I laughed at a news report quoting an official who lamented that Lexington Market lacked a French bakery. The Lexington Market I know is a place that has a thriving bakery, but it sells red velvet cake by the slice and at a price to fit its customers' pocketbooks.
As beat-up and poorly maintained as the market is, it possesses a thriving urban vitality. It's good to go there for a Baltimore reality check. The people-watching is incredible and a lot of money seems to change hands. Its tangle of overhanging neon and painted stall signs reminds me of the Baltimore when few tourists came here, and painted screens had yet to become folk art.
There's hardly a Baltimorean who doesn't have a favorite food memory of Lexington Market. As a child I was fascinated by the cups of 5-cent, all-you-can-drink buttermilk. The horseradish and coconut grinder was pretty special, too. I cannot recall a French baker, but there was a German import stall with wursts, lunchmeats and incredible sauerkraut.
The group that runs the market wants to transform it with a $20 million renovation that would bring in new businesses and customers.
The Lexington Market of today is not pretty. The sidewalks surrounding it are filthy. The glass on its entry doors is smeared and greasy. Accumulated cigarette butts line its thresholds. The place seems to lack management as the stall vendors hurriedly dish out hot lunches in plastic foam containers. The place is rough and tumble. There is far too much liquor sold, both in the market and near it.
Lexington Market has been a neglected, highly undisciplined stepchild of city government for too long now.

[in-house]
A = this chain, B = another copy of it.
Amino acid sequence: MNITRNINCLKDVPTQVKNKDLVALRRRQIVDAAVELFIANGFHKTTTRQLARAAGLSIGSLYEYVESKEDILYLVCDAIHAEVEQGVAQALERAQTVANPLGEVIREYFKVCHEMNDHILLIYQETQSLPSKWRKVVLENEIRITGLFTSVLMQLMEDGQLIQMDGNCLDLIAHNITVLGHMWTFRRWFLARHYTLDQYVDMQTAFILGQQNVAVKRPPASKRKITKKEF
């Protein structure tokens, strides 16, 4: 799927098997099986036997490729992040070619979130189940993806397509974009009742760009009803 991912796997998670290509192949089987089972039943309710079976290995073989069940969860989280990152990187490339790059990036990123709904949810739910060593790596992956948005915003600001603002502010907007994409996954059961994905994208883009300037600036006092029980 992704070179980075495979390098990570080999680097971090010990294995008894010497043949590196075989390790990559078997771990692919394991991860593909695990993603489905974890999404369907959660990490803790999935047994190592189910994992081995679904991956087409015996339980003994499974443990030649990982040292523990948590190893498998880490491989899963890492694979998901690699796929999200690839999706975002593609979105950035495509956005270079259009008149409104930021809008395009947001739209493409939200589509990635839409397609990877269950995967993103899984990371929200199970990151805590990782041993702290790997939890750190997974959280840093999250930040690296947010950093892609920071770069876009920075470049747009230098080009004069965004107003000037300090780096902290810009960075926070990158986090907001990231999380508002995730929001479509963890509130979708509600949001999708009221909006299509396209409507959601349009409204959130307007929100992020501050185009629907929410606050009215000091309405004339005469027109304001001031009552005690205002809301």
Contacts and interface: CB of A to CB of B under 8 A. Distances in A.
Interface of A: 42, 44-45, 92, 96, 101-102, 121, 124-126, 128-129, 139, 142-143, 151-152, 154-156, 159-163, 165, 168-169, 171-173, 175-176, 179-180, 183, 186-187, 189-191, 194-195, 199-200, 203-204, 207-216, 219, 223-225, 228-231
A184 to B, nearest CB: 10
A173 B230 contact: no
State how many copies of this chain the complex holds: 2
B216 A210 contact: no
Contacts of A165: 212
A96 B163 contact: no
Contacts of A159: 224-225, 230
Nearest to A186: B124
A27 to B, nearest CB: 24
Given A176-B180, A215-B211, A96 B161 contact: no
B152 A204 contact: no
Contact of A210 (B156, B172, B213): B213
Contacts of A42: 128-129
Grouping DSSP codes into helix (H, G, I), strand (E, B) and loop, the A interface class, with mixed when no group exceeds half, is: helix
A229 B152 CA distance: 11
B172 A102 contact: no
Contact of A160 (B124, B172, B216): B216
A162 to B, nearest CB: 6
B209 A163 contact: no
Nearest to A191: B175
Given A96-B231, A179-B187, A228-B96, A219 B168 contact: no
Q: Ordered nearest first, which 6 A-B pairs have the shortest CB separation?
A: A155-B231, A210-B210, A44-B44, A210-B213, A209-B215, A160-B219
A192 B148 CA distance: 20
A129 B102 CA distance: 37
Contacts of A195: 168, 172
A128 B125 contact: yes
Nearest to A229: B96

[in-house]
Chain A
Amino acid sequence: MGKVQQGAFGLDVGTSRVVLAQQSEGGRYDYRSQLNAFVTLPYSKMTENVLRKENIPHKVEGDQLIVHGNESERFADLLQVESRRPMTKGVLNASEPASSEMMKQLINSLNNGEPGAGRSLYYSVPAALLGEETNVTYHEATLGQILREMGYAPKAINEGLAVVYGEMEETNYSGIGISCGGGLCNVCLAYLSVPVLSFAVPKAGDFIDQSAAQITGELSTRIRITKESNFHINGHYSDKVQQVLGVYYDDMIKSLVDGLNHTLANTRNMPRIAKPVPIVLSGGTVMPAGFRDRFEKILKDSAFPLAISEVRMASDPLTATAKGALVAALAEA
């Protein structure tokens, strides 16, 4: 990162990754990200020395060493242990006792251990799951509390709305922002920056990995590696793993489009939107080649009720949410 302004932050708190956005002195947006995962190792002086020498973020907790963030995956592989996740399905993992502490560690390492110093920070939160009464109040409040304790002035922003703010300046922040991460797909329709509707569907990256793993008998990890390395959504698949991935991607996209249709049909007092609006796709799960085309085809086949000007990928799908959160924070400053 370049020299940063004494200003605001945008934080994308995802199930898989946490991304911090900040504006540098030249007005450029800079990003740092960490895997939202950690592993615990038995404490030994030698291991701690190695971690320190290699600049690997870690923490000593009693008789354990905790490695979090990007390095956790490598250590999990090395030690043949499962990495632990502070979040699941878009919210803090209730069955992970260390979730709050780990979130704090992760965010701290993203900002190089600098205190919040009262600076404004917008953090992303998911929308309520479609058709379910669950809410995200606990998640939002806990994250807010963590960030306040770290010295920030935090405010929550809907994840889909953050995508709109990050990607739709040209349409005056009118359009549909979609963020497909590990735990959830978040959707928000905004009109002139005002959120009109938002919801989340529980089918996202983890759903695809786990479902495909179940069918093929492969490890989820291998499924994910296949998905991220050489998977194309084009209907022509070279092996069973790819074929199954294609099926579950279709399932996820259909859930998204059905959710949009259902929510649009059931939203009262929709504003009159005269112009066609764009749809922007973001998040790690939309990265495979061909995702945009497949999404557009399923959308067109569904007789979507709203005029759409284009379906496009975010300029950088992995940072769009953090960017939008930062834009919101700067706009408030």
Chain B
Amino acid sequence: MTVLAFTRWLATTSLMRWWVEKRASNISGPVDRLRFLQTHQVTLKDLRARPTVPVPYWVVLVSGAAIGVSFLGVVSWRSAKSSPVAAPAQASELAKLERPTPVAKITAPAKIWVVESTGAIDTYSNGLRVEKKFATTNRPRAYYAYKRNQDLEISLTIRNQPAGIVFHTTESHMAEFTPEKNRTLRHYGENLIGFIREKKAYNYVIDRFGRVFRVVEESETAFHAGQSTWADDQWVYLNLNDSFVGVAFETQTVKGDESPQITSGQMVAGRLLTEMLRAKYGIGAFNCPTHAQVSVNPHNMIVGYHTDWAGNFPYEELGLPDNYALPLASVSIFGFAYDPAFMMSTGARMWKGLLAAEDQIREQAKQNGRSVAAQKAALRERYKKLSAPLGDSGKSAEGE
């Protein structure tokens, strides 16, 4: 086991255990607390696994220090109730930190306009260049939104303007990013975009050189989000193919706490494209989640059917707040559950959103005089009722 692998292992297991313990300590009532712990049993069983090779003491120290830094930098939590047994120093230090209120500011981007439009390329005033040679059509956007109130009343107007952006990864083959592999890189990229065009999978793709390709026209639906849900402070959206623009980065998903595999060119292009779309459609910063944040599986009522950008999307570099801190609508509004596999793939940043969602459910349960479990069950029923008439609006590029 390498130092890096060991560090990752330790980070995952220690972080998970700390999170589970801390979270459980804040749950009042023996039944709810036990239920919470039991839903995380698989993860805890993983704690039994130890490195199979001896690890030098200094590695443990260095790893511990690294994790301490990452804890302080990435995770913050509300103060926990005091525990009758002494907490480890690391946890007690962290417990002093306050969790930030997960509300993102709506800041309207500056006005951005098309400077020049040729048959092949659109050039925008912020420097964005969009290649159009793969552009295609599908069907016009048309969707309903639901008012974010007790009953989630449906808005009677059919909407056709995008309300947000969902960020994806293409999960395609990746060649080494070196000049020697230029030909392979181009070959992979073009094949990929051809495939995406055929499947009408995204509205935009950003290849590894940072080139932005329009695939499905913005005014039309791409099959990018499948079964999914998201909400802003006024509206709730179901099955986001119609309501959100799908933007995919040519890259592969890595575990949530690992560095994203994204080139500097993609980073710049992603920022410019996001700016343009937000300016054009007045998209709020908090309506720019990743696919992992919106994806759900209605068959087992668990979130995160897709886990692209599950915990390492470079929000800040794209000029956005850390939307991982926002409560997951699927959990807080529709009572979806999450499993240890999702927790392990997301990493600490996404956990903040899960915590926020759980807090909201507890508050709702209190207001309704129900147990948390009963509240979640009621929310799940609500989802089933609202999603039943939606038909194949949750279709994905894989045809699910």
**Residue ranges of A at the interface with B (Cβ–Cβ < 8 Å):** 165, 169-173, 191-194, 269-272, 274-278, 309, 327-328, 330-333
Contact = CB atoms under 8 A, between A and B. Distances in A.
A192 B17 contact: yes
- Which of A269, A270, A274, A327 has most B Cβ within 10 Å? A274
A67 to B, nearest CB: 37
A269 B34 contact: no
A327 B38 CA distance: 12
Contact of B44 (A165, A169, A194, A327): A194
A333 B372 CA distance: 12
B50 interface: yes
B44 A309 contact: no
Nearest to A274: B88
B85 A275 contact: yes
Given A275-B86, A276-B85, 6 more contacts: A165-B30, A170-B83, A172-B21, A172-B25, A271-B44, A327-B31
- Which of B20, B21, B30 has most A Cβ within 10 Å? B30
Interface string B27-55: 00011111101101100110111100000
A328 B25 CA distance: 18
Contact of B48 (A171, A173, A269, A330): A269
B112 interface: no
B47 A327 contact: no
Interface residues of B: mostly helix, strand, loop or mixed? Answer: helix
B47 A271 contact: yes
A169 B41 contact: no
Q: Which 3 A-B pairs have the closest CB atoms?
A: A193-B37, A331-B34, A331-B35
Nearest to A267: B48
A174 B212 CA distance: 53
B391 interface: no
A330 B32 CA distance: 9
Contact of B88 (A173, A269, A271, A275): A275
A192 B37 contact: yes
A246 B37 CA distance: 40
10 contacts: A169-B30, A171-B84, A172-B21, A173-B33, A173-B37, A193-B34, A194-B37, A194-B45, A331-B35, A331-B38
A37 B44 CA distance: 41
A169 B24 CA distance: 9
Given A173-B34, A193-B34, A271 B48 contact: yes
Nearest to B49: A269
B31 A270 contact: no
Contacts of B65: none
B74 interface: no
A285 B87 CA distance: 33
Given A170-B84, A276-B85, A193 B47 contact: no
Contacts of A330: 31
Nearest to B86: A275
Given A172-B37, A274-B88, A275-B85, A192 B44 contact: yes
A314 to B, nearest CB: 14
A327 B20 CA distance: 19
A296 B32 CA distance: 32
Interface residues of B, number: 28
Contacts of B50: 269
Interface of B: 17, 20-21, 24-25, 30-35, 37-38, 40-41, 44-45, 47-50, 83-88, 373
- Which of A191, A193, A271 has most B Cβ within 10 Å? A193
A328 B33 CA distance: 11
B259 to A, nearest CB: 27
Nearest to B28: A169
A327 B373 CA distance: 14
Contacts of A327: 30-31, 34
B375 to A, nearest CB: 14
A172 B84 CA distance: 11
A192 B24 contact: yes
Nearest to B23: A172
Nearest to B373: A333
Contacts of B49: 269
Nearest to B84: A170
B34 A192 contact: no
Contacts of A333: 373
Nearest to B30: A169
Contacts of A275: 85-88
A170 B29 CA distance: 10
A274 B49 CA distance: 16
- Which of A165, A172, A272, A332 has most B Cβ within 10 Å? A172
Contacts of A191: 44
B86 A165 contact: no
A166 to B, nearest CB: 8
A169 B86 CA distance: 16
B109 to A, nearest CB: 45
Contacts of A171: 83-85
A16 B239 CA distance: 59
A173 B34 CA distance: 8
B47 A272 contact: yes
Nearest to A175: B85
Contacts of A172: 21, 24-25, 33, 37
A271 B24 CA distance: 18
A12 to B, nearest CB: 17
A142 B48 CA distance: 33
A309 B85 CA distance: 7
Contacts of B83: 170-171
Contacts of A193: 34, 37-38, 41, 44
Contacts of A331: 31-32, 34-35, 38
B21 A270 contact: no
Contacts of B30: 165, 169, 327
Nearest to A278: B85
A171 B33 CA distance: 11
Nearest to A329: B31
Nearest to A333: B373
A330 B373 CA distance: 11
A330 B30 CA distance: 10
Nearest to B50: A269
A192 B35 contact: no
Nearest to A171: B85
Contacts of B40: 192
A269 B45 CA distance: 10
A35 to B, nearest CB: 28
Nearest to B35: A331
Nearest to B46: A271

The market today may not be offering the Carroll County butter and ice cream I knew as a child, but its neighborhood isn't the one I knew in 1960. Merchants and other downtown residents point out that there is now a heavy concentration of drug rehabilitation centers near the market.
There is a visible private security and Baltimore City Police Department presence on both Eutaw and Paca streets at the popular weekday lunch hour. In my opinion, there also is a high degree of official tolerance for the rowdy behavior that seems to go hand-in-hand with the market's shabby upkeep, liquor sales and mounds of tossed tobacco butts.
Baltimore is a city that delivers wonderful contrasts. I really like the market at its gutsy best, like its shameless promotion of fried foods and sugary sodas. The food police could open a jail here. I might be in it.
But I'll be honest. I sometimes come to Lexington Market to atone for my foolish sins, like spending $3 a bunch for four organic turnips grown by food advocates at an urban farm near the Hanover Street Bridge. You go there for a delicious but greasy hot dog. And beef tongue sandwiches are still for sale.
I will not be crestfallen if the French bakery does not materialize. But the place does need an upgrade and some new thinking. It could use some direction, the imposition of standards, even if they are Baltimore's own very tolerant, lightly enforced standards, the kind we all know, perhaps grouse about, and secretly love.